Is the ‘Mozart Effect’ real? New analysis indicates that music can help epilepsy

New analysis indicates that music can help epilepsy

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A new comprehensive analysis on the effect of Mozart’s music on epilepsy has confirmed that listening to his piano music can reduce the frequency of epilepsy attacks. The results of this comprehensive meta-analysis (a study of studies), which may overturn current skepticism about the effect, are presented at the ECNP congress after recent publication in a peer-reviewed journal.

The idea that listening to Mozart may have beneficial effects on mental health arose from early findings in the 1990s. There have been several studies since, but many involved small numbers of people, or have been of variable quality, leading to mixed evidence overall. This has meant that the ‘Mozart Effect’ has been treated with some skepticism by many clinicians. Now two Italian Researchers, Dr. Gianluca Sesso and Dr. Federico Sicca from the University of Pisa have conducted a systematic review of works related to the effect of Mozart’s music on epilepsy. Full story.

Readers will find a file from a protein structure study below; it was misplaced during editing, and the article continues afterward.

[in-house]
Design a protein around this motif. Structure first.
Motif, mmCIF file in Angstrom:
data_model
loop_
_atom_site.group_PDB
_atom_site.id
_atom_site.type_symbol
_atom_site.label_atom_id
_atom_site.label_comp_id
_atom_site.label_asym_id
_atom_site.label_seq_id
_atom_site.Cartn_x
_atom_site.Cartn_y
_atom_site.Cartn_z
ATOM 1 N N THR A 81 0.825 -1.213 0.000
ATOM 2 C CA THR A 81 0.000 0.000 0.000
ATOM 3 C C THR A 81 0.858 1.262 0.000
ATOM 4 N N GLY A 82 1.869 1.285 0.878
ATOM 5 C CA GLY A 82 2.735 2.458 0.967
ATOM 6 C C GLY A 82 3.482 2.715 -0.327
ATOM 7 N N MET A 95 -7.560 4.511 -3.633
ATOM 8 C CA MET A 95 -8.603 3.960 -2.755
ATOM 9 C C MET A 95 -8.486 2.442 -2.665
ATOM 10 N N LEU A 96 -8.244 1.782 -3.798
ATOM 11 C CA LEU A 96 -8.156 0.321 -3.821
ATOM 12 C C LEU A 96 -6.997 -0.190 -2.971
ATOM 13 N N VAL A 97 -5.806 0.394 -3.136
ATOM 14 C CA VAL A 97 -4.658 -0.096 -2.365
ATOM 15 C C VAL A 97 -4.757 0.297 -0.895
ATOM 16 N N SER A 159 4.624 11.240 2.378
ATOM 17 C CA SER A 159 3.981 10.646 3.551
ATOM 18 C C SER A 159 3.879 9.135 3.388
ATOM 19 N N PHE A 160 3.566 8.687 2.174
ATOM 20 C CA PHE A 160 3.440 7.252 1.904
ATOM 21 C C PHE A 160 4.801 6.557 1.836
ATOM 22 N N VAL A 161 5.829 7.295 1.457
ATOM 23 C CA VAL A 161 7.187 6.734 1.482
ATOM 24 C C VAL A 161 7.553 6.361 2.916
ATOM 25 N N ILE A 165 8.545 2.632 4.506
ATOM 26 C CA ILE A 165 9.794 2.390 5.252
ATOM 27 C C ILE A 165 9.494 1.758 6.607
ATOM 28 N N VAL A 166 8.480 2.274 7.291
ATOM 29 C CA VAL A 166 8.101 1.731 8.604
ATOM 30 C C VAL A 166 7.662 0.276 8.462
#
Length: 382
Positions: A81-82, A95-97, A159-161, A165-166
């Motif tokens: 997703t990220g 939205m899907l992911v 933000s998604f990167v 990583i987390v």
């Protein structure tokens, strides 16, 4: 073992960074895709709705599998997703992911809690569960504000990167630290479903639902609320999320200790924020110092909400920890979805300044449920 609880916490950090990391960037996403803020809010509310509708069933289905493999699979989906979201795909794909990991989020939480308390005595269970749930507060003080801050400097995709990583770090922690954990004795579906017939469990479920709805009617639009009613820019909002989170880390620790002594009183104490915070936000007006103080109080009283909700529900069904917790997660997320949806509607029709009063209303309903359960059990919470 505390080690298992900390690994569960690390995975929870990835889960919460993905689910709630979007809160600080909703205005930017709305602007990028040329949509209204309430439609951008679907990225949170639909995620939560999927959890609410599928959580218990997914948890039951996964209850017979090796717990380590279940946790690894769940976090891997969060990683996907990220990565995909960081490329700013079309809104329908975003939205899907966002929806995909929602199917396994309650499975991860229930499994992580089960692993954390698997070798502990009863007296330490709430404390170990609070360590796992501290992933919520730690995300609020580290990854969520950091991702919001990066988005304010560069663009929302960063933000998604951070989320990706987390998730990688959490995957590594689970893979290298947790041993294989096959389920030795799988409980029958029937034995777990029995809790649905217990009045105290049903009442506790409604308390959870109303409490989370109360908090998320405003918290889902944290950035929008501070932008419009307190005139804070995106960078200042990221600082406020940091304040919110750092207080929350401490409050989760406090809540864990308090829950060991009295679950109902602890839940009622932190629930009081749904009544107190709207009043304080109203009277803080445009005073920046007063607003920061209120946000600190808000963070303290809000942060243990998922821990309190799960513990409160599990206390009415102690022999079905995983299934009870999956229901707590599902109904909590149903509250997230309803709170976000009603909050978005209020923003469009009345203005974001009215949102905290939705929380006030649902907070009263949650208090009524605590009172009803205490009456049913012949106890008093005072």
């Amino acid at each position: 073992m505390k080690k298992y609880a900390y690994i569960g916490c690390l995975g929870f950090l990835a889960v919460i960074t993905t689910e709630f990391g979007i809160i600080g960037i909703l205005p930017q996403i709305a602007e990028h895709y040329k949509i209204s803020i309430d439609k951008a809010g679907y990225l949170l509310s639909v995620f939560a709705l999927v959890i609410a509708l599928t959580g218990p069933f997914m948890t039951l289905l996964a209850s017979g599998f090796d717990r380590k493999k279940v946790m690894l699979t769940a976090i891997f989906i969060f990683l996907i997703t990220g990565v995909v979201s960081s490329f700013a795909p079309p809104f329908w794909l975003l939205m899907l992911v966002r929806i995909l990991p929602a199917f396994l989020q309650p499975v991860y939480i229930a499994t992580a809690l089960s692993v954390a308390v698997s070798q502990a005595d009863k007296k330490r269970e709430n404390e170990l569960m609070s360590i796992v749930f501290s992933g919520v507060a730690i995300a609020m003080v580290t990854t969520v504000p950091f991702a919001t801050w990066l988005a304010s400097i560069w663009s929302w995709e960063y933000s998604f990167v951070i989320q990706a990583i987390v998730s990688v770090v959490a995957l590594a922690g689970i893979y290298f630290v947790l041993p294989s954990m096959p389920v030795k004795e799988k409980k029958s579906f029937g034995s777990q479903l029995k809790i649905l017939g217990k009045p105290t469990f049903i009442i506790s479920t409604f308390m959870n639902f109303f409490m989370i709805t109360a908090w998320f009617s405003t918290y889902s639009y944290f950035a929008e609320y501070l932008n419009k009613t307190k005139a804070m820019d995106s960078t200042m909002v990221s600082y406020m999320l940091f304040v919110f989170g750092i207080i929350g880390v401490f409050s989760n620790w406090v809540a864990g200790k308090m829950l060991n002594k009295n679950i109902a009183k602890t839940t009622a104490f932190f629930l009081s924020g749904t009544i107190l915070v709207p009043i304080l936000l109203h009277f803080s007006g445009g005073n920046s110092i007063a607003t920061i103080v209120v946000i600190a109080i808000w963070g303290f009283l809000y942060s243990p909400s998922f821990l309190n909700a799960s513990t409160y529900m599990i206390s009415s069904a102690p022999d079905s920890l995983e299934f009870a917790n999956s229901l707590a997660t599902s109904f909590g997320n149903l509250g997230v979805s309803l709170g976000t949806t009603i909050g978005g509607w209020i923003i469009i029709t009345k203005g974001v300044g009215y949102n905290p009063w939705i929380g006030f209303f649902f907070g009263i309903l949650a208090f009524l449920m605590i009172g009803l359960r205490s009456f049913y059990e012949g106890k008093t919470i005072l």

European College of Neuropsychopharmacology (Medical Xpress) / September 11, 2020

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